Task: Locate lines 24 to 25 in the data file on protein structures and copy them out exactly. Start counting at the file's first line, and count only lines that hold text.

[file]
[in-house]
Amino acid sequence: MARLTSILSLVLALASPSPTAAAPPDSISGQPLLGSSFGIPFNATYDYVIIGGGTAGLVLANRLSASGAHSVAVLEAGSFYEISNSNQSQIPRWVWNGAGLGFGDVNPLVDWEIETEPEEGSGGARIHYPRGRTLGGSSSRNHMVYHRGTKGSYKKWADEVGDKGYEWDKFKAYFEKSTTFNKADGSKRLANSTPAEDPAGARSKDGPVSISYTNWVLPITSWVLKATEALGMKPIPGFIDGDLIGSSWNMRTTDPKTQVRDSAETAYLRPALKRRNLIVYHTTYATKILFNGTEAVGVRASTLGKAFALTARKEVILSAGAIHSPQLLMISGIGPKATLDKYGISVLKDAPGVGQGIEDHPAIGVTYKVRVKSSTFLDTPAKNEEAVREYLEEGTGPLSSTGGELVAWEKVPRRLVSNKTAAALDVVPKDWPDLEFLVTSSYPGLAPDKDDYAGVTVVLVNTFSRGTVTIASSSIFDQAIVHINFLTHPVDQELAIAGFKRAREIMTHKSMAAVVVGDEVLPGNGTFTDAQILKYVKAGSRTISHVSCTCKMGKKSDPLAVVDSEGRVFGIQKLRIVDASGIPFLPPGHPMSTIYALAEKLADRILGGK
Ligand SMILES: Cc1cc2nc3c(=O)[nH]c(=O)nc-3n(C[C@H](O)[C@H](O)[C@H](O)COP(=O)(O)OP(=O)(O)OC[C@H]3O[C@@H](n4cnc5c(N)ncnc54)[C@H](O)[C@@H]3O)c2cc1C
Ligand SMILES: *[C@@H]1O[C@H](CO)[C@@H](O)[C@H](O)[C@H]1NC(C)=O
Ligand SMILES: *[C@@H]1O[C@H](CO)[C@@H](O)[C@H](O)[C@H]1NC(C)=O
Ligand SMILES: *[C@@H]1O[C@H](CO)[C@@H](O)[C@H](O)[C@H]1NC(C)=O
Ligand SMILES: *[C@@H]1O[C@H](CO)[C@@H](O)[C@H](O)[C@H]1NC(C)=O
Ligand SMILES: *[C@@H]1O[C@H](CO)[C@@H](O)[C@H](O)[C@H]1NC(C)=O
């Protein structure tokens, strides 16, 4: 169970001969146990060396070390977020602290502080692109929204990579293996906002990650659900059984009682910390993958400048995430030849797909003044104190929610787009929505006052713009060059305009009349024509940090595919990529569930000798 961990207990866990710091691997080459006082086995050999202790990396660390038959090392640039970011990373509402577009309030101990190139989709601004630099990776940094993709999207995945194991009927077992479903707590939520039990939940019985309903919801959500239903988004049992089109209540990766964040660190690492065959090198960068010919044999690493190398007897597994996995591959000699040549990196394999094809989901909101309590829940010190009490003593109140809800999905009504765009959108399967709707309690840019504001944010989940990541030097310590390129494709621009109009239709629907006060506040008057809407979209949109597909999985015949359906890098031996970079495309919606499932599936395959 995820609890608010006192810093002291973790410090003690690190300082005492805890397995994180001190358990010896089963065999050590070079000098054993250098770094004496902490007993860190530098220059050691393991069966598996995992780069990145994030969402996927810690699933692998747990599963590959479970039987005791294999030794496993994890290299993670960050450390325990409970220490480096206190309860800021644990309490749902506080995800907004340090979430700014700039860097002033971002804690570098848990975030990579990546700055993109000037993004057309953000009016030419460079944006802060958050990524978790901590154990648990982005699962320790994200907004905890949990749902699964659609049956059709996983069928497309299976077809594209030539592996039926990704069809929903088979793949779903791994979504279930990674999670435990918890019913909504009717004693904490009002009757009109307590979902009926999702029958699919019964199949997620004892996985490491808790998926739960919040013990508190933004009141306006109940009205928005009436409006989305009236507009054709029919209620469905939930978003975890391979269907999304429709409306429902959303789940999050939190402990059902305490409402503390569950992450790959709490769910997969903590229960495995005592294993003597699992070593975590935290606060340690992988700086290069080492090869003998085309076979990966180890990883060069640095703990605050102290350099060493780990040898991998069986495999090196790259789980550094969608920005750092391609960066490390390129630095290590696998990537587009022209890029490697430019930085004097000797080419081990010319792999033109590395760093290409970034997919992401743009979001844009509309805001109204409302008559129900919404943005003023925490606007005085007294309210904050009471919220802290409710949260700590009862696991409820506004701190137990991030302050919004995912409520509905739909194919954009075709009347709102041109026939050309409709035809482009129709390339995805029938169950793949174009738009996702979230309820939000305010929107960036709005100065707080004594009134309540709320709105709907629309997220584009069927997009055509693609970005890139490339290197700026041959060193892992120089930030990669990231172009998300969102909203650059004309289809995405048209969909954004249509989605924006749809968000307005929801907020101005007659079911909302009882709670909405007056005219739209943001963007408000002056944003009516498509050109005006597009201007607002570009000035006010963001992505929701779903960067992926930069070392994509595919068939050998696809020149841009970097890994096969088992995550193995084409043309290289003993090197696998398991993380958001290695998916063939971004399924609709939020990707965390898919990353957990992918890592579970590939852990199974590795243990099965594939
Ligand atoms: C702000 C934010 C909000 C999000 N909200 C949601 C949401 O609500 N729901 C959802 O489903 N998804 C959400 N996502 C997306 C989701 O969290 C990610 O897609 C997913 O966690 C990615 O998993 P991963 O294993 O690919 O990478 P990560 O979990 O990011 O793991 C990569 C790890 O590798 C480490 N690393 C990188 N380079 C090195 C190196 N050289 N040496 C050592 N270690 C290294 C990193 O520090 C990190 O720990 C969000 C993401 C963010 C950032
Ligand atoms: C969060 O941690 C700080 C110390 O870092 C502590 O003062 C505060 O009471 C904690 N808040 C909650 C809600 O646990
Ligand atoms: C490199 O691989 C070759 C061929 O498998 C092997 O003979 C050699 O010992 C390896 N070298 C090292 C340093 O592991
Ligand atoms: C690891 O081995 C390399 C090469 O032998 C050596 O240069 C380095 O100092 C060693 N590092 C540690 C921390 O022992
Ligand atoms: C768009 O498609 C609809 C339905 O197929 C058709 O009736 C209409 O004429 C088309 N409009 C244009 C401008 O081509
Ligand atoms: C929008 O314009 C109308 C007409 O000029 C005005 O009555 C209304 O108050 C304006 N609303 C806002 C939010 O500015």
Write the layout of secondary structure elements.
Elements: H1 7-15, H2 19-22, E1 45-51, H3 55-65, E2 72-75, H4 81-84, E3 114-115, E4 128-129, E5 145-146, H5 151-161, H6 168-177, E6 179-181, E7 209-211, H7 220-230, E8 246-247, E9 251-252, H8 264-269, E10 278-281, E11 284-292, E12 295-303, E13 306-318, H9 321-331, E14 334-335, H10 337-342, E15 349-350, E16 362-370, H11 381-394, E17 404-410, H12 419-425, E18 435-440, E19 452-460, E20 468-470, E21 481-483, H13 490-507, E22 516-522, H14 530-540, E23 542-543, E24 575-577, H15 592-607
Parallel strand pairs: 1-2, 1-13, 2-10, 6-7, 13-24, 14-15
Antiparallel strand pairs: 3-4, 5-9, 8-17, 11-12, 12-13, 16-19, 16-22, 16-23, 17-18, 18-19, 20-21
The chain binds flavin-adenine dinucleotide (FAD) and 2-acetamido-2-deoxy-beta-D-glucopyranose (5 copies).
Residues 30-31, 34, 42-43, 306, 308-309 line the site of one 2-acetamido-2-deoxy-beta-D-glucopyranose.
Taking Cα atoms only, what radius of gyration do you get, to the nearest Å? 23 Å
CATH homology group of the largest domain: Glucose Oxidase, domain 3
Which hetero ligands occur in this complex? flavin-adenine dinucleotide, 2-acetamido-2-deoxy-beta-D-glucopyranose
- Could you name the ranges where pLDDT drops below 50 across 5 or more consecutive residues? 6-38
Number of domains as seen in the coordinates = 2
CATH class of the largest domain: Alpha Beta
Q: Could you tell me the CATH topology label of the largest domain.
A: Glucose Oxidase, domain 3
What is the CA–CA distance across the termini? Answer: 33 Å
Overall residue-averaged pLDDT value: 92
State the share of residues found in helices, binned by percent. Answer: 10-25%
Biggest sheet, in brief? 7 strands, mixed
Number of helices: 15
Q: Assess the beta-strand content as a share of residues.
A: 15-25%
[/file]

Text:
Which hetero ligands occur in this complex? flavin-adenine dinucleotide, 2-acetamido-2-deoxy-beta-D-glucopyranose
- Could you name the ranges where pLDDT drops below 50 across 5 or more consecutive residues? 6-38